Place Vendôme in Paris’s first arrondissement is one of the most storied spots in the city. For more than a century, it’s been the world’s hub of high jewellery—home to some of the loftiest and most desirable names. The first great contemporary jeweller to move into the square was Frédéric Boucheron, who set up shop in 1858 at 26 Place Vendôme. Boucheron, working from this address, came to adorn women in Paris in his creations, which espoused a spirit of freedom and audacity.
Marcel Proust even writes in his novel In Search of Lost Time that Boucheron’s creations were sought after by courtesans and
socialites alike. Indeed, Boucheron defined himself by an empathy for his clients—responding to as much simplicity or frivolity as they desired. More than a century later, the spirit of Boucheron is much the same as it was when it was founded in Paris. That was certainly the thought behind the revamped Boucheron boutique at The Shoppes at Marina Bay Sands, which reopened in August. The design of the refreshed boutique takes its cues from Place Vendôme; its exterior featuring details such as a banded stone facade and intricate marble framing.
The inside of the boutique takes a modern approach to a luxury shopping experience: warm, bright and inviting, furnished almost like a tasteful living room to set one at ease.The design of the VIP room was inspired by Marina Bay and features wallpaper in a moiré pattern of blue and green that shift with the changing angles of light. Also on display are eight coral reef drawings by French environmental artist Jeremy Gobé.
But you don’t go to Boucheron just for the decor. In December, this boutique will showcase special sets of Question Mark necklaces, which are some of the house’s most iconic creations. First designed by Frédéric Boucheron in 1879, these sinuous high jewellery necklaces are a marriage of simplicity and opulence. They’re defined by a thin circular wrap around the neck that trails down the chest, blooming into its design around the décolletage. The original from 1879 was a naturalist design, with lotus flowers, bunches of grapes, poppy petals and a curling snake—almost as if it were a magically charmed branch that found its way onto a lady’s neck.
“The apparent simplicity of the choker and the off-centre motif represented a total break with the subtle harmony”, explains the house’s creative director Claire Choisne, who revived the Question Mark necklaces in 2020 and reintroduced them to the maison’s contemporary vernacular. These curved necklaces were wildly innovative at the time of their creation when symmetry and geometry ruled the day. But one feat, Choisne adds, helps explain its longevity: “The absence of any clasp, which allowed women, if they so wished, to put on their jewellery alone, without the assistance of another person.”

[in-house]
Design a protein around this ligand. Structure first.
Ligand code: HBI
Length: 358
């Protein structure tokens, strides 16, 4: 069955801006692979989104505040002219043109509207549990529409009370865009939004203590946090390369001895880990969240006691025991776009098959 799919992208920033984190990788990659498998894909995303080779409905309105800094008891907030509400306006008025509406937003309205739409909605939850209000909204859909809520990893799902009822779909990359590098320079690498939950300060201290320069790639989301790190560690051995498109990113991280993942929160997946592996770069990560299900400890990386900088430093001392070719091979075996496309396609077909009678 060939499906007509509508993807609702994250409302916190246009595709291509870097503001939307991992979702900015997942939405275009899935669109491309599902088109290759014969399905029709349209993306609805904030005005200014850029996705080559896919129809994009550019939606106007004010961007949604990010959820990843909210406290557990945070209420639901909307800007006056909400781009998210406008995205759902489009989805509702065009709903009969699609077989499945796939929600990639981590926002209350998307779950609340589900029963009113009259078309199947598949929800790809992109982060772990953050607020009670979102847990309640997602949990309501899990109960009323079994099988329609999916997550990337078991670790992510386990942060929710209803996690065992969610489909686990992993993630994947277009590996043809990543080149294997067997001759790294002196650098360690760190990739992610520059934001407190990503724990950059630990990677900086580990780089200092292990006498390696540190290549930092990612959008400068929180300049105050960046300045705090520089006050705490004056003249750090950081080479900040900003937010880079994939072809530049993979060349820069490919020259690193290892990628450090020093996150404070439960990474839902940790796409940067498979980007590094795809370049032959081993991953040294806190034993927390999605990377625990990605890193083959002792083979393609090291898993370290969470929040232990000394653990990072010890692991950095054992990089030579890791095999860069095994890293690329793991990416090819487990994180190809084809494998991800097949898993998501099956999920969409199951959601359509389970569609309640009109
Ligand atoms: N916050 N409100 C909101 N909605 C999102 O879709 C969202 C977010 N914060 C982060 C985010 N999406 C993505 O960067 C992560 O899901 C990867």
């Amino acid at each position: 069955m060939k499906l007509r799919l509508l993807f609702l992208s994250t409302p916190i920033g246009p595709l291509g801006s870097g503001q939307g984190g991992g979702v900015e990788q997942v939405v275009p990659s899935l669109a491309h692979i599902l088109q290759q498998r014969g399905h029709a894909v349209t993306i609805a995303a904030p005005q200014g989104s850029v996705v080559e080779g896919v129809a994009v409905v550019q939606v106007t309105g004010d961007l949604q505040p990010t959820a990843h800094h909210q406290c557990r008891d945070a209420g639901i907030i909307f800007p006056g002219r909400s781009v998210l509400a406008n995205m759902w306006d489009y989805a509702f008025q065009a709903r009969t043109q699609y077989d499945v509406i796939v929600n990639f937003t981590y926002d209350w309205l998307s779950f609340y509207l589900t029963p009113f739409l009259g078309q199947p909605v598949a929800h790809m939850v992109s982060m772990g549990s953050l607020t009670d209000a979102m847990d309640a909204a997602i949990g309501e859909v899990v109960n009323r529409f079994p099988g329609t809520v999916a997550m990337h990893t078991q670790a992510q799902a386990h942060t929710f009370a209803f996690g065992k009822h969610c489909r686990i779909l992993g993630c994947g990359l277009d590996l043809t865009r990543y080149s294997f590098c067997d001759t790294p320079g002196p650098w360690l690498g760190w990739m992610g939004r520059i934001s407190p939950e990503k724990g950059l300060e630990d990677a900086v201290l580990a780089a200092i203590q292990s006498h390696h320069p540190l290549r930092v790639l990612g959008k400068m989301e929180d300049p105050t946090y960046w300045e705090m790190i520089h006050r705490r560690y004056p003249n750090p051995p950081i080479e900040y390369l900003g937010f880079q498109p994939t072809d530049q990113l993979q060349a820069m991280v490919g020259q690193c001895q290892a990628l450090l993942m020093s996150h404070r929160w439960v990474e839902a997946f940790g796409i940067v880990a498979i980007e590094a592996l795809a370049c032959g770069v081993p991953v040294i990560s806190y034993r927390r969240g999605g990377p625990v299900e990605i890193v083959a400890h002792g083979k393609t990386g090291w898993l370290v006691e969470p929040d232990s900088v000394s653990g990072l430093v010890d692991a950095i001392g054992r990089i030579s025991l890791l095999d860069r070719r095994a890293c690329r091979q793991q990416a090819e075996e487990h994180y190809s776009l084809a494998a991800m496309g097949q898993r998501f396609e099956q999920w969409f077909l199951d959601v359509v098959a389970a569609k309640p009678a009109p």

Choisne’s new interpretations of the Question Mark necklaces tap into one of the house’s specialities, which is to transform metal and stone—ostensibly hard materials—into stunningly lifelike impressions of nature, with all its curves and undulations. There’s the Lierre de Paris pieces which recreate sprigs of wild ivy, where diamond- or emerald-set leaves are fixed en tremblant (on coiled springs) so they sway and move when worn.
But the newest stars of the Question Mark line are the Plume de Paon, or peacock feather, designs. Choisne pulled techniques of setting, adjustment and precious metalworking from the late 19th century in order to achieve these designs, which carefully recreate the floaty, suspended qualities of a bird’s feathers. The stems and vanes of the feathers are articulated so that even though the necklace is large and statement-sized, it dances with a remarkable lightness.
From this year, the Plume de Paon (previously and still available in white gold and diamonds) novelties take things a step further by introducing even more lightness and the actual vibrant colours of a peacock. In addition to white gold, these pieces are crafted from titanium, which shave off just enough precious few grams of weight to make the necklace even more airy.
On the colour front, Boucheron has used an anodisation technique on the titanium to create beautifully graduated shades of blue, green, red and purple. Tsavorites, sapphires and diamonds trail the curve of the necklace, culminating in a large, oval tanzanite as the centrepiece.
As is the case with high jewellery, many of Boucheron’s most innovative technical feats are hidden in plain sight. There’s the maison’s signature openwork technique, which removes metal beneath the stones to allow more light to sparkle through the gems, as well as the fact that the anodisation treatment not only colours the titanium but coats and protects it as well. It’s the kind of thing that lends itself to more expressive, emotional design—harking back to the heritage and roots of the house, yet with unceasing modernity and inventiveness.
Boucheron, The Shoppes at Marina Bay Sands, 10 Bayfront Avenue, 01-56, Bay Level, Singapore 018956